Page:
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4 Answers

Commercial Rotorcraft to Commercial ASEL

Asked by: 3424 views , , ,
Commercial Pilot, FAA Regulations, Helicopter, Instrument Rating

I have a student who is a Commercial Rotocraft Pilot, with an instrument rating, and it wishing to pursue an add on Commerical ASEL with Instrument Airplane rating.  I dont know for sure what the layout of what hours he will need, and the exact process to get him what he woud like.  Any help would be greatly appreciated!  Thanks!!

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4 Answers

  1. Wes Beard on Nov 21, 2011

    From reading the regulations, the rotorcraft pilot will need 70 hours of airplane time to qualify for the rating.
    1.  50 hours of PIC time – since they are not properly rated… this must be solo with an endorsement from an authorized instructor
    2.  20 dual training on the operations for a commercial pilot.
    Under the 50 hours of solo time are requirements for a commercial airplane rating.  This also assumes the helicopter pilot has at least 180 hours of flight time in an aircraft.

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  2. Kris Kortokrax on Nov 22, 2011

    Most of the cross category training I have done is in the opposite direction, airplane to helicopter.
    What I usually suggest to people is that they add on the Private first.  This allows them to build the PIC hours while taking passengers with them and having some fun on the way.  It also allows logging PIC hours while accomplishing the dual for the Commercial.  Only extra expense incurred is the cost of the Private practical test.
    Some things to consider:
    The trainee is not a student pilot.  For solo operations, endorse him under 14 CFR 61.31(d)(2).  For the practical test, endorse him under 61.63(b).  I strongly advise placing an expiration date on the 61.31(d)(2) endorsement, as there is not regulatory expiration timeframe as with student pilots.  You may specify any other limitations as you see fit.
    The trainee does not need any endorsements for cross country flights.
    The trainee will need to be reminded to use the rudder pedals for coordination.  As there are no ailerons on helicopters, there is no adverse yaw and we do not use pedals in turns.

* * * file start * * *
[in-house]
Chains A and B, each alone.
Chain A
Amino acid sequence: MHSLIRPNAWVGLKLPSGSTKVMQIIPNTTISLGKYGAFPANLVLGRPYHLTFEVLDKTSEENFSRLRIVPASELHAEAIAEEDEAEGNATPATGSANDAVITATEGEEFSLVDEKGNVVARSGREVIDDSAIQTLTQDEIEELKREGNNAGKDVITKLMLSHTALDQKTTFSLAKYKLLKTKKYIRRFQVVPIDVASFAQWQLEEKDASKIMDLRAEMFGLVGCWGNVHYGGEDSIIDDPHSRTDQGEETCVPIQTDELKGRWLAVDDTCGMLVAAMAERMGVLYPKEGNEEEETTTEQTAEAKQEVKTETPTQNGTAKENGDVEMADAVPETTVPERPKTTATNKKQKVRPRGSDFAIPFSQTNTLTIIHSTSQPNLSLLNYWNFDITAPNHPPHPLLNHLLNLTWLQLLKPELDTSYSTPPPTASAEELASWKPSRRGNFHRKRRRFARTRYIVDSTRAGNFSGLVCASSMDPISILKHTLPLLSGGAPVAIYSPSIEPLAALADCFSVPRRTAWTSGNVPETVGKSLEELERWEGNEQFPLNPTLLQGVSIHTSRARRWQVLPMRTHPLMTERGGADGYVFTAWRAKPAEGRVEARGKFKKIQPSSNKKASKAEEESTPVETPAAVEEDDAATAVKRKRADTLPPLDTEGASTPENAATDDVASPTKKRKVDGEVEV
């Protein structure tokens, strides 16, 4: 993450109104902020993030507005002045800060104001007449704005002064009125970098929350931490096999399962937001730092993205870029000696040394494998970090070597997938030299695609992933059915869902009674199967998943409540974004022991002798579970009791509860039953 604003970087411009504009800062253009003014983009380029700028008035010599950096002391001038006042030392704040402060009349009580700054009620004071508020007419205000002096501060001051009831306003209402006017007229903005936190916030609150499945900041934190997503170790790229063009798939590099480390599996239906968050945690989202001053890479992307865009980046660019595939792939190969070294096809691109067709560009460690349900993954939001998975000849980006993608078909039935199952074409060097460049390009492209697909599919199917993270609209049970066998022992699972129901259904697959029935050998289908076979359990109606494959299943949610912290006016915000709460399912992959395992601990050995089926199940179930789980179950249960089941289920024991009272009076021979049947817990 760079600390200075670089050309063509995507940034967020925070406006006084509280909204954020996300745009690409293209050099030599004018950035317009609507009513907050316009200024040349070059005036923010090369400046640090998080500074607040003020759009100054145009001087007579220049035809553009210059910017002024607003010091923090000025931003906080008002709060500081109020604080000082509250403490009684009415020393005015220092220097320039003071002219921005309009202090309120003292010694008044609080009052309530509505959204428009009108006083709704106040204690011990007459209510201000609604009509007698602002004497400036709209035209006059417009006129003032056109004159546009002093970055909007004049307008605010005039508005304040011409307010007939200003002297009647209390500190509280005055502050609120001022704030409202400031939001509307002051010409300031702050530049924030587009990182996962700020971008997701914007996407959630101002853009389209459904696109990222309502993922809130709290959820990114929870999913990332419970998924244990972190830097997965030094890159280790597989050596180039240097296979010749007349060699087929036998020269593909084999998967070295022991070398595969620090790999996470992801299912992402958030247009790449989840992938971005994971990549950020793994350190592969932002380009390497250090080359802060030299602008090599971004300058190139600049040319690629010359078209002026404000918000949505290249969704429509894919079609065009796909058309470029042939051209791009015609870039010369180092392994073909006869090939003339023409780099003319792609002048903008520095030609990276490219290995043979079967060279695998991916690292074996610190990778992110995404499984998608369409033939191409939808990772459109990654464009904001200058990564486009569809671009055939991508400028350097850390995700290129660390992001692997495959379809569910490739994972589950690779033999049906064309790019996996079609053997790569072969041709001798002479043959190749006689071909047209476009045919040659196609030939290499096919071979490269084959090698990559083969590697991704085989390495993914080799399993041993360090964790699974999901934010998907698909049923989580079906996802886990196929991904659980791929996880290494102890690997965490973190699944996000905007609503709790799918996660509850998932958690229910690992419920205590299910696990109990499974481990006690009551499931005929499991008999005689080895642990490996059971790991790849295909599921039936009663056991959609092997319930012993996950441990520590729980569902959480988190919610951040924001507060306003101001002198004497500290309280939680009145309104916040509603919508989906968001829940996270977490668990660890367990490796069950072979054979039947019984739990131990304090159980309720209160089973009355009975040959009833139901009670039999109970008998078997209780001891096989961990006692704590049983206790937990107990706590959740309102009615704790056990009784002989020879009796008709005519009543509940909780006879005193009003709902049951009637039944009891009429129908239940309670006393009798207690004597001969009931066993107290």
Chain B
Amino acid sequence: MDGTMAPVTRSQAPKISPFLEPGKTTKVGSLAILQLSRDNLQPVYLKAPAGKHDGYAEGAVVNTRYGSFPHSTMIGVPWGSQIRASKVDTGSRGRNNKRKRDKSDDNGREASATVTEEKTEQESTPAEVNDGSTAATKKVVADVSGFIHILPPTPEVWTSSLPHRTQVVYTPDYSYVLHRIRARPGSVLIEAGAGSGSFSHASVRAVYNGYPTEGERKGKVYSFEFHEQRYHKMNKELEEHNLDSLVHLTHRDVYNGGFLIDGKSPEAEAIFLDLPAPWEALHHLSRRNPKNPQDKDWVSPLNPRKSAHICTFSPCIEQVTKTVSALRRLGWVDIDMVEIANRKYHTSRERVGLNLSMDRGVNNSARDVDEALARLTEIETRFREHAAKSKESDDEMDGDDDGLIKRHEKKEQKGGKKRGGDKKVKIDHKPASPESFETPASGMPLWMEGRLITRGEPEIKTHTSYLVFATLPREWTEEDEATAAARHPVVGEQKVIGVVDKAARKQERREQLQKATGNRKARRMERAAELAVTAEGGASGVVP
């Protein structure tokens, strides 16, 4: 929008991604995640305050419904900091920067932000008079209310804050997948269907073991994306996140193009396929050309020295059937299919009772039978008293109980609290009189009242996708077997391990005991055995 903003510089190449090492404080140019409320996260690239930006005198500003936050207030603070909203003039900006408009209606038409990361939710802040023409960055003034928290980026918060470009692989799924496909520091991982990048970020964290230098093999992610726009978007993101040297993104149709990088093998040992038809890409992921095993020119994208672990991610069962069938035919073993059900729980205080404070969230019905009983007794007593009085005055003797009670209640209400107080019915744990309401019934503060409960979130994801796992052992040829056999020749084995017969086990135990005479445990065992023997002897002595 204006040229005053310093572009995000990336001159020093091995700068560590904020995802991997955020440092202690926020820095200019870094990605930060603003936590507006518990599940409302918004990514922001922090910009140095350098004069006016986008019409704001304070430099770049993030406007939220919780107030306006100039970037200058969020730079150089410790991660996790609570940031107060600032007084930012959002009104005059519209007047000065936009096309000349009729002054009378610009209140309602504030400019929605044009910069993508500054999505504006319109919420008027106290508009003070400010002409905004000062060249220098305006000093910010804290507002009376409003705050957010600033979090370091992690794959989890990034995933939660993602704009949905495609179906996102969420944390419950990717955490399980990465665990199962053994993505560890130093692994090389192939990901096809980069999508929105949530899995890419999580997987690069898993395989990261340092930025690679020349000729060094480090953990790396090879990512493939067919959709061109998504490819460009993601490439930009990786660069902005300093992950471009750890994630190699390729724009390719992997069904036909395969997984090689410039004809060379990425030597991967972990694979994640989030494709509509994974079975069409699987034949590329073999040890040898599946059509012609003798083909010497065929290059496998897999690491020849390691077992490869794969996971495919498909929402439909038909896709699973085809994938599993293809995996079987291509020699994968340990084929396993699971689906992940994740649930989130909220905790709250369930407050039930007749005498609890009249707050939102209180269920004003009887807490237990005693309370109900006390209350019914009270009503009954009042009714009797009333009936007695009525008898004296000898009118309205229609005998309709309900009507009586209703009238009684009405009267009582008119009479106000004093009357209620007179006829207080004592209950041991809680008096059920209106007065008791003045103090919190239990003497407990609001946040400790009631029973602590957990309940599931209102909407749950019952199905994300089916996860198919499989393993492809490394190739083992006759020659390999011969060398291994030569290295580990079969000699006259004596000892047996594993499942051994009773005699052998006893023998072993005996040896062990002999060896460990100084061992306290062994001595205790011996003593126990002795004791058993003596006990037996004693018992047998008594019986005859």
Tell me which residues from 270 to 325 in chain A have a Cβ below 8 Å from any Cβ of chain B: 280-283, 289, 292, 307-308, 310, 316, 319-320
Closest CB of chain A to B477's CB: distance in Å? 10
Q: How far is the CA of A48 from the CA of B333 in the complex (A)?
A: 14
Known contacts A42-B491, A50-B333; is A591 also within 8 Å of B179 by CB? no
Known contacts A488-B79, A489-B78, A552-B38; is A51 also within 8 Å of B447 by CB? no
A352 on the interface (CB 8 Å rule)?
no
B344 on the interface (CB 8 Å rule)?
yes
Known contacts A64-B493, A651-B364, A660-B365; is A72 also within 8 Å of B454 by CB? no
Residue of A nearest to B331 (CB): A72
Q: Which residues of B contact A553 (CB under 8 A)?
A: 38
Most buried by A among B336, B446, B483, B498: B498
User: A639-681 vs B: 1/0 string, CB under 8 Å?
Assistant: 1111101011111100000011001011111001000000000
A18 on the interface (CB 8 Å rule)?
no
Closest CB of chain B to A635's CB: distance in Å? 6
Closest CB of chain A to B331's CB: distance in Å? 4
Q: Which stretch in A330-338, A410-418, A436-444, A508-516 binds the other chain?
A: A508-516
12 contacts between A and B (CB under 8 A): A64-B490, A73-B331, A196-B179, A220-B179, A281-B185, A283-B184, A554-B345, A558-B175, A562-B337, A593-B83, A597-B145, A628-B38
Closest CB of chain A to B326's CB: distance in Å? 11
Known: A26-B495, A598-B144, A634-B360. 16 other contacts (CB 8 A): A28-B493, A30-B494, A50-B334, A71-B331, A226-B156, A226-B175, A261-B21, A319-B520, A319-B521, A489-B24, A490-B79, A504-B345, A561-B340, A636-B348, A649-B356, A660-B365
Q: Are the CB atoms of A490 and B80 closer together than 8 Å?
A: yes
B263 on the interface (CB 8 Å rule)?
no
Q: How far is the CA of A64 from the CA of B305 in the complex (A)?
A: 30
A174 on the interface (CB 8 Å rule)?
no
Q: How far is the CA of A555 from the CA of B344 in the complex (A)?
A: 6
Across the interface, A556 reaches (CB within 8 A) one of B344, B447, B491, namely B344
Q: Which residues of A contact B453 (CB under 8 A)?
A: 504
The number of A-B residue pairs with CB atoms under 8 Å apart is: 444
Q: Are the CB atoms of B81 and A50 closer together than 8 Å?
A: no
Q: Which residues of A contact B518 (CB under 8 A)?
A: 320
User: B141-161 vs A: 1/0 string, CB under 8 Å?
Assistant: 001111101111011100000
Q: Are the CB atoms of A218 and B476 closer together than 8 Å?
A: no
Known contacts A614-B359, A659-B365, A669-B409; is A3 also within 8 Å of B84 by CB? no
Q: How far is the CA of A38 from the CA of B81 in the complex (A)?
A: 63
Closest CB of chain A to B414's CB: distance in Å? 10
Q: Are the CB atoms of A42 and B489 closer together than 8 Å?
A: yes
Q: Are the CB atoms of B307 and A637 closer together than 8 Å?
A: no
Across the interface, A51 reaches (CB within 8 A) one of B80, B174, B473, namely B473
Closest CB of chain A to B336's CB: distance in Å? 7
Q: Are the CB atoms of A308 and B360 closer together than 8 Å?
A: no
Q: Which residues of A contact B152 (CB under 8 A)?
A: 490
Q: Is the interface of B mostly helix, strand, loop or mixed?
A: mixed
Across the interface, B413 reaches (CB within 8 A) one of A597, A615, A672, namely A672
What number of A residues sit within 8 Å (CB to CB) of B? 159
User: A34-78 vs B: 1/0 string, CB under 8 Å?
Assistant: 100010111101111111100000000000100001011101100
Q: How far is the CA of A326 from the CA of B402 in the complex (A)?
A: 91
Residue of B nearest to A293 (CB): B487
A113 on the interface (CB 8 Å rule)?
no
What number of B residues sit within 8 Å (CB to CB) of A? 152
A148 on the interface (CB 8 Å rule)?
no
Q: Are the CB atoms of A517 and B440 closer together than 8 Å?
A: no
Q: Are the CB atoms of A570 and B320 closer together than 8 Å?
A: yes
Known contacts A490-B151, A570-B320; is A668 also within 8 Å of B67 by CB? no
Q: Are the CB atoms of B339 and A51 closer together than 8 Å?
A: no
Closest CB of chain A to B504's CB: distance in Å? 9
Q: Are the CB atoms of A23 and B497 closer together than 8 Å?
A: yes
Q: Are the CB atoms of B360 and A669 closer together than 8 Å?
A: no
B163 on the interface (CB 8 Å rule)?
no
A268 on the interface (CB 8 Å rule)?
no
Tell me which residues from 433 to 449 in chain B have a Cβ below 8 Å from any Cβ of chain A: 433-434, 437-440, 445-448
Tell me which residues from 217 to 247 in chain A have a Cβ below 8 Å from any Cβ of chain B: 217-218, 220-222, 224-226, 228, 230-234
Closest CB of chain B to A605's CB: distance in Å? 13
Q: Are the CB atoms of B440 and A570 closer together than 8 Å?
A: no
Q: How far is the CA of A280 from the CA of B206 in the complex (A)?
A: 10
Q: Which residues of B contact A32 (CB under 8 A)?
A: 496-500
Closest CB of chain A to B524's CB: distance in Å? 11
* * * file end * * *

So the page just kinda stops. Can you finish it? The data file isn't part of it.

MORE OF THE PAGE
The trainee may not be used to flying traffic patterns, as they are only required for airplanes.
    You may need to pay particular attention to airspeed on approach.  During approach, helicopters are constantly decelerated from around 60 K to a hover.  He may tend to get too slow on approach.

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  3. Cameron on Jun 17, 2012

    Hi! (first post here!)

    I’m in the same situation. I have a commercial pilot: rotorcraft-helicopter; instrument helicopter. I have around 1300tt, all helicopter.

    I want to get a conventional gear Pacer but I think I’m reading too much into 61.63 and confusing myself with interpretation between it and 61.109 or 61.129. What is the best (also factoring cost and time) route to go about an airplane category add-on and what are the no-kidding requirements?

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  4. Cameron on Jun 18, 2012

    So, I re-read everything again and it looks like the best method is going to be adding a private ASEL then after some time (50 hours, it seems) upgrading to commercial like Kris said.  It looks like I can take my current rating, logbook and medical down to a local CFI and start some flight training.  From 61.109 I added up to 16 minimum training hours with some categories seeming to combine well.  Get proficient then a checkride and I should be good to hook.

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